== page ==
Mists of Pandaria Review

Greg Tito | 9 Oct 2012 19:00
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"Slow down!" the Pandaren tell you whenever you click on them. And you should heed their advice, for Blizzard's latest expansion for World of Warcraft should be savored like a Pandaren savors beer and fine food. The portly Pandas play their appetites and patience for laughs, but their laid back attitude quickly overtakes your playstyle. Blizzard has provided a diverse menu of MMO activities with Mists of Pandaria that's incredibly fun to feast upon again and again.

If epic stories and quests are your favorite parts of playing an MMO, MoP has got you covered. Blizzard raises the stakes for the Alliance, as they investigate the shrouded new continent while tracking down the White Pawn - the young Prince Anduin who started his life in vanilla WoW as a young boy. Meanwhile, the Horde has chased him to Pandaria, and the Warchief orders his forces to "paint this new continent red." Both sides come in contact with the indigenous races, and the land itself responds by releasing what are essentially bad emotions and feelings given physical form - the Sha of Doubt, Despair, Anger, etc. Underneath those broad strokes are touching personal stories in which characters overcome those negative feelings. There's no need to spoil the specifics, but you'll enjoy the quests because of excellent writing showing genuine wit, along with a clever blend of cinematics, a generous helping of in-game voice acting, and unique mechanics pushing the limits of the vehicle quest system introduced in Wrath of the Lich King.

The quests for any given zone continue the excellent design practices Blizzard honed through Wrath of the Lich King and Cataclysm. The content is skillfully divided into pods that feel like an episode in your character's ongoing story so you might visit one village under attack in the Jade Forest and save its denizens over the course of several quests. When you kill the slaver taking the village folk, you're rewarded with an achievement, the feeling that you've completed that story, and the freedom to pass on to the next pod of content. Each zone has 6-12 of these content pods, and they let you break up playtime like the end of a chapter does for reading a book.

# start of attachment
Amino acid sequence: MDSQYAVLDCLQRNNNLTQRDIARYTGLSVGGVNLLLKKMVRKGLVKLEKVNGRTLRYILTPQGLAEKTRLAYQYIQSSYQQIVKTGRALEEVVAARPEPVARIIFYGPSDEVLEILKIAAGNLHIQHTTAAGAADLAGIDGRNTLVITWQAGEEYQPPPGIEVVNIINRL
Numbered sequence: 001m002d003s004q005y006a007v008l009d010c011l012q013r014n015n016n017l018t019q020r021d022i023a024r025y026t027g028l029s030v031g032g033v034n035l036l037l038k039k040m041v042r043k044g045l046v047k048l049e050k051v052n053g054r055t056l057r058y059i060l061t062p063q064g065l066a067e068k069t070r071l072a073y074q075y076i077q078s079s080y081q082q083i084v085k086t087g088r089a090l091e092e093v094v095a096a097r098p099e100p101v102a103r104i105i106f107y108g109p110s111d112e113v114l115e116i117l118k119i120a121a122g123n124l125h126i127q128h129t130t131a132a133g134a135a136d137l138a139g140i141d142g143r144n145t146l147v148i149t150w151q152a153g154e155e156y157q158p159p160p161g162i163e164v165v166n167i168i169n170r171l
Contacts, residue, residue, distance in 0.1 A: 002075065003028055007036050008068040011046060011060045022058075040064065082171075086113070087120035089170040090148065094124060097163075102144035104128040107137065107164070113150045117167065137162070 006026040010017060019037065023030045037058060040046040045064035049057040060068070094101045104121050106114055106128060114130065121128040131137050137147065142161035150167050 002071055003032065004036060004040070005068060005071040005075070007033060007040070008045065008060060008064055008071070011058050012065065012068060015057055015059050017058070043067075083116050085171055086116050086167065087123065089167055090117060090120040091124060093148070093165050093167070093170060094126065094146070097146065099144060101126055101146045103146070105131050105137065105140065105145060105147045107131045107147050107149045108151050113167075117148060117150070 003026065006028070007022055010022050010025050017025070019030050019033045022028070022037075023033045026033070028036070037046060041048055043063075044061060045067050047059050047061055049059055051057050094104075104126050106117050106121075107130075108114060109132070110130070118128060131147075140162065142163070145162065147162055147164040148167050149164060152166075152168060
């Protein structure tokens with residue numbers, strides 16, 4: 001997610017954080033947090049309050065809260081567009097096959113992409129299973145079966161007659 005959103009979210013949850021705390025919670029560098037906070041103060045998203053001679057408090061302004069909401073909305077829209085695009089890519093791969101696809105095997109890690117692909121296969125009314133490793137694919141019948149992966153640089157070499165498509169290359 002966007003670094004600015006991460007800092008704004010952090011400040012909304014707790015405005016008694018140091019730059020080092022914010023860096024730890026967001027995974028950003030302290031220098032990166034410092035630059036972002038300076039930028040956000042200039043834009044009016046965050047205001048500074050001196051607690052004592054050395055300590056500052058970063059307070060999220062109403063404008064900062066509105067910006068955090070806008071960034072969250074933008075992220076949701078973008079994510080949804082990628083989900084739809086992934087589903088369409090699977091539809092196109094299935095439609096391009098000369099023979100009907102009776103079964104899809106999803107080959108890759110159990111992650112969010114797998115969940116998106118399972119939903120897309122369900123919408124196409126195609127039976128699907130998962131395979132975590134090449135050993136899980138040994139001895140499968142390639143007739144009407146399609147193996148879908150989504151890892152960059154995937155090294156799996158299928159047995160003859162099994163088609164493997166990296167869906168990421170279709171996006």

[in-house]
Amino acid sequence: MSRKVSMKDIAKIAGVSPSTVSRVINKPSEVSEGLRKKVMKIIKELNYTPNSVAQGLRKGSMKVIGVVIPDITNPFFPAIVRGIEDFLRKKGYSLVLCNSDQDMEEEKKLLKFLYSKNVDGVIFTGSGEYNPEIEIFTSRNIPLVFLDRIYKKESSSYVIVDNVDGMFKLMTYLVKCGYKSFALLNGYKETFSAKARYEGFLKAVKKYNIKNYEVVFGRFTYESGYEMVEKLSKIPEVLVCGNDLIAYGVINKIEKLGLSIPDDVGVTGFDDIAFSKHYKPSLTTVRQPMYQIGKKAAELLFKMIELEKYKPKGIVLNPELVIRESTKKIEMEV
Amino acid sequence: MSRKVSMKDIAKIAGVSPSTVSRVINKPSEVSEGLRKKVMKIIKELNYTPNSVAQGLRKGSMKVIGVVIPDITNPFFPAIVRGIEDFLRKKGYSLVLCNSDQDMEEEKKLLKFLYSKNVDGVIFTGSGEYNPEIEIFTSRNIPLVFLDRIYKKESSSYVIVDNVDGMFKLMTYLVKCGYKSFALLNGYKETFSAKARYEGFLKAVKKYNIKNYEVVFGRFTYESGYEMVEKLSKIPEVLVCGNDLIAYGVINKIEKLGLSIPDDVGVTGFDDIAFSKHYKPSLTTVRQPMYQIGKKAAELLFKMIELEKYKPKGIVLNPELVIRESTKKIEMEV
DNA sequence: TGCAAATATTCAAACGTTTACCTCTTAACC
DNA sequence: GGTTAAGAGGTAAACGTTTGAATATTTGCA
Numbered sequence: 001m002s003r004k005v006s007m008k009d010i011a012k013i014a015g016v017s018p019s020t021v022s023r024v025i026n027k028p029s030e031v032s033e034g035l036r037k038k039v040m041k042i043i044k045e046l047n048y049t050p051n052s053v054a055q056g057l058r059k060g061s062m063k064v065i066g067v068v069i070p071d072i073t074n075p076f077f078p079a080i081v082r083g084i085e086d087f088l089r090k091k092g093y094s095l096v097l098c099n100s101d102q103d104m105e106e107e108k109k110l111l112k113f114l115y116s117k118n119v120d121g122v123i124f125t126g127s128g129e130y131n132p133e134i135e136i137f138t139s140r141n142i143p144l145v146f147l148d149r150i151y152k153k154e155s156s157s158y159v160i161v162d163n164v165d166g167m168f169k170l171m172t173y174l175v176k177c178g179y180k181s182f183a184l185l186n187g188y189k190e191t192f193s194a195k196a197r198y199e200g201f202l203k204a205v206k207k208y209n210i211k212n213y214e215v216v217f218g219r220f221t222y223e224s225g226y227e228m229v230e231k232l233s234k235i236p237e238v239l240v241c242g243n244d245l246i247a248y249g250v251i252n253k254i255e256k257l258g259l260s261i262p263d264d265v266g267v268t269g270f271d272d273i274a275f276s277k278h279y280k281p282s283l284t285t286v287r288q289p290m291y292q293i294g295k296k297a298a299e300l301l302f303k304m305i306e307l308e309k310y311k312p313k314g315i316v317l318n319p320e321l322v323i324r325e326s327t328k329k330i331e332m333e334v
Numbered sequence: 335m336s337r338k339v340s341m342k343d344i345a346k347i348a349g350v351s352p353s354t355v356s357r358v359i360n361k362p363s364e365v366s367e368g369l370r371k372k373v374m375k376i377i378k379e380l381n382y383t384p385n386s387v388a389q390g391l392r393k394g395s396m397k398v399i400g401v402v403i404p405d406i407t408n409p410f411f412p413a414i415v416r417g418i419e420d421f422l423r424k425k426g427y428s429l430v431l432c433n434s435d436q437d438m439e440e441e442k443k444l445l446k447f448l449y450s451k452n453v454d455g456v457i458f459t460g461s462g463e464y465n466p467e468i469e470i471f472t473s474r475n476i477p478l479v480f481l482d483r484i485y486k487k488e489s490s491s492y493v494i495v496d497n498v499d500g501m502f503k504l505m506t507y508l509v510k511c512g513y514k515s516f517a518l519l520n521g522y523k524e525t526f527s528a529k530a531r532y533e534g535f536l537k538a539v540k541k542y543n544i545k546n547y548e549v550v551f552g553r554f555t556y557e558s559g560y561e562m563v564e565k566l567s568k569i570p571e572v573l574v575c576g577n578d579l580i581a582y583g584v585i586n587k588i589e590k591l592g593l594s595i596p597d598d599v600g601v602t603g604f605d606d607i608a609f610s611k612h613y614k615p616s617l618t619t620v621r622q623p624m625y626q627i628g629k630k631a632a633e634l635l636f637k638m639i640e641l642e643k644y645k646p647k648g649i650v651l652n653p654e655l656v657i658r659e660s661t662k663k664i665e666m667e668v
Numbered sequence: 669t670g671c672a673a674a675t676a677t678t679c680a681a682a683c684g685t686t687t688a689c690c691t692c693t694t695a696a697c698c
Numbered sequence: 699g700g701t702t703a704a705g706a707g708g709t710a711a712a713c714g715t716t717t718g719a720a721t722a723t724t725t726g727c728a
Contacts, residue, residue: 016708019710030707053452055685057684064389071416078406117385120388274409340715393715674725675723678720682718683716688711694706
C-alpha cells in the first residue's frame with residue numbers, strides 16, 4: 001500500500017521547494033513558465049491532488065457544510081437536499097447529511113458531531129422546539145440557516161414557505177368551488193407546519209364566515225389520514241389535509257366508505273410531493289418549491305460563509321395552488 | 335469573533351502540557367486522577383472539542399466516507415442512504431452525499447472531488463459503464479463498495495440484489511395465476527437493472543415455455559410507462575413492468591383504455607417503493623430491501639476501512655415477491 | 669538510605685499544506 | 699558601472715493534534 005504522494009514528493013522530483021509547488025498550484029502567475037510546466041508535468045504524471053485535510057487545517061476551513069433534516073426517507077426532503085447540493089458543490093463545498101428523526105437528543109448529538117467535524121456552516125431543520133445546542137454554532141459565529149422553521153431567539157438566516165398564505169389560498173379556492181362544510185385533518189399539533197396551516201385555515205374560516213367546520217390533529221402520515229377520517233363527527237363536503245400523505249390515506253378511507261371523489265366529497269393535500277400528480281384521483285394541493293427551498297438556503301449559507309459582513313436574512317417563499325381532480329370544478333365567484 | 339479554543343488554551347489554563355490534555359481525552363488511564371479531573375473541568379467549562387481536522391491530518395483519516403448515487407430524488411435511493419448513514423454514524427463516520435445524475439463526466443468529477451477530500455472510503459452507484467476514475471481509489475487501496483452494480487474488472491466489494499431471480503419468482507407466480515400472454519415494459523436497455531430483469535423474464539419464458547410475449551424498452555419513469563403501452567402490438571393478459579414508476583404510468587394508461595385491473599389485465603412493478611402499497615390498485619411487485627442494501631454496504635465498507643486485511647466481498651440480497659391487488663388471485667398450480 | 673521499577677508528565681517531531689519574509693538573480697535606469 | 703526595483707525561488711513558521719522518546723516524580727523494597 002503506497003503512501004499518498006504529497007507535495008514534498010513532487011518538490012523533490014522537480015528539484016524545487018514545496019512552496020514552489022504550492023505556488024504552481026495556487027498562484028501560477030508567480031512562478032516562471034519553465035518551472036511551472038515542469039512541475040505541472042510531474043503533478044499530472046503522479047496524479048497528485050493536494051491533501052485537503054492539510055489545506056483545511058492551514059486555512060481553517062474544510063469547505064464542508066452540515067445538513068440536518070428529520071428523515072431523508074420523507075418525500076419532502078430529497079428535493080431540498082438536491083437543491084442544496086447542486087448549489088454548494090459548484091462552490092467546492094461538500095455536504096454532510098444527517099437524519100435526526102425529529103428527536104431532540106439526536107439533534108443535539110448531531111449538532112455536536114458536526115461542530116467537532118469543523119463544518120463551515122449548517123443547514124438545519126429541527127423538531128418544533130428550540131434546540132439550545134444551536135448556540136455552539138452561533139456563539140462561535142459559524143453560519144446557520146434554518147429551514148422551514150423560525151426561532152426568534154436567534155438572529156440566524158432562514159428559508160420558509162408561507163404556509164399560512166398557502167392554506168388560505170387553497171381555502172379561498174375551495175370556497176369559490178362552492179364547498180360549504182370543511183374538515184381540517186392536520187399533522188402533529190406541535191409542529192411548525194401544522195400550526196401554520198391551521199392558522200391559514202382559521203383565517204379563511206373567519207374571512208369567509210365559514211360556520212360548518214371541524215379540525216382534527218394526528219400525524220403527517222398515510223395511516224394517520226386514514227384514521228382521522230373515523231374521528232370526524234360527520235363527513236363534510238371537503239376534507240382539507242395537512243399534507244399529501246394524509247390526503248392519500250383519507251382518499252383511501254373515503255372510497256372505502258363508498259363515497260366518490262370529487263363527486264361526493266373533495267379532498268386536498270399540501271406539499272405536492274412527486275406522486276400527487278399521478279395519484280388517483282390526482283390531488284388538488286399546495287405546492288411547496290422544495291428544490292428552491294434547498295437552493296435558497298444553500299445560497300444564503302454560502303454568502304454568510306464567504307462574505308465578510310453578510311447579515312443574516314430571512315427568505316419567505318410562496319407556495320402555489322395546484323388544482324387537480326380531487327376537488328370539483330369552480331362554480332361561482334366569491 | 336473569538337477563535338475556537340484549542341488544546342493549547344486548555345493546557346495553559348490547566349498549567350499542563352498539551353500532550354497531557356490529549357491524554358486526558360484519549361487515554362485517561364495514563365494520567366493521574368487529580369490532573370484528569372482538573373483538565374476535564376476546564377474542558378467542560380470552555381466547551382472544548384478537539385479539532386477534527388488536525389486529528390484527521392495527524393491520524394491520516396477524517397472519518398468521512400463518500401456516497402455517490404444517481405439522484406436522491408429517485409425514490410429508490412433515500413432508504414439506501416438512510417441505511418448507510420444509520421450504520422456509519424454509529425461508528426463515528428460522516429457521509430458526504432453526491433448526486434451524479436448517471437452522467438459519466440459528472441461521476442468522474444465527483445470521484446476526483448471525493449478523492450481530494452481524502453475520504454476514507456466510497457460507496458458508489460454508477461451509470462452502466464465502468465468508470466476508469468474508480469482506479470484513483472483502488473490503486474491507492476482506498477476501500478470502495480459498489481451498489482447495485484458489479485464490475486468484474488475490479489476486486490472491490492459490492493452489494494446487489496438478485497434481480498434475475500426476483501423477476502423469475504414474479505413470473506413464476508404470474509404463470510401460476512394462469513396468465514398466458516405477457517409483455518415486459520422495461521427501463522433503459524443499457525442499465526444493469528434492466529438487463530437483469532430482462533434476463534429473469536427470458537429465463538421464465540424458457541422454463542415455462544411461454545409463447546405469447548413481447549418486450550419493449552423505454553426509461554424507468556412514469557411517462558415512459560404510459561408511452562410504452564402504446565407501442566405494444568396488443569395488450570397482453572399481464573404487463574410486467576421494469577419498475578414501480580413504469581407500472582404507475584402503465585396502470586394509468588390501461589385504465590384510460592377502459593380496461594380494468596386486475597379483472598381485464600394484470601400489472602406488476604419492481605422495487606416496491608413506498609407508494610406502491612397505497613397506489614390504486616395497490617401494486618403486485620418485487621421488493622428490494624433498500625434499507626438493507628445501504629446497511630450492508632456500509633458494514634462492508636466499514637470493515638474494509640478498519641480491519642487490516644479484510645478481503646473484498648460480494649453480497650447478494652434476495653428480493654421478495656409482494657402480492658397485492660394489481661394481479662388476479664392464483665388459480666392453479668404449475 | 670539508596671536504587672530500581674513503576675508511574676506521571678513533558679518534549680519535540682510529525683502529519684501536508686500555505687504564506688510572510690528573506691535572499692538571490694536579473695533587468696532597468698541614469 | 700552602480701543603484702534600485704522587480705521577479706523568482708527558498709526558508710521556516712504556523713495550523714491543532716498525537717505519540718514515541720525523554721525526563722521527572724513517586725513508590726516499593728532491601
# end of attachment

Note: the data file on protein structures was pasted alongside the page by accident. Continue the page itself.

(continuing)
Beyond leveling your character to 90 in Pandaria's zones, the new minipet battle system is a completely separate endeavor which will keep your character running around all the older content to collect 'em all. Minipets have been in WoW since launch, but they are no longer just cosmetic. You can pit them against pets you find in the world, other players or the NPC pet trainers you challenge during quests. The turn-based mechanics aren't any more difficult to figure out than Pokemon, but the battles are just as addictive. You can easily spend hours leveling up the right combination for your battle team to take down the Forsaken battle pet trainer David Kosse, for example, and his team consisting of the rabbit Subject 142, Plop the Magic Green Droplet and a giant maggot called Corpsefeeder.

Hopefully, that motley crew doesn't put you off your lunch, because in contrast playing Pandaria actually made me hungry with how much the characters mention food and drink. It's fitting in the expansion starring the gourmand Pandarens that the secondary trade skill of cooking is highlighted. Cooking has always been a fun diversion in WoW, but recipes have much more varied ingredient list than in previous expansions. Some of these you purchase such as rice, but a great many you collect by killing creatures in the wild such as most large birds dropping wildfowl breasts. You then level up individual specializations, learning the Way of the Oven and the Way of the Wok, for instance, to create dishes like spring rolls and stir fries. If you're a gamer who loves both the collection and crafting systems in MMOs, the cooking in MoP will entice you like a Chinese buffet tempts those with the munchies.

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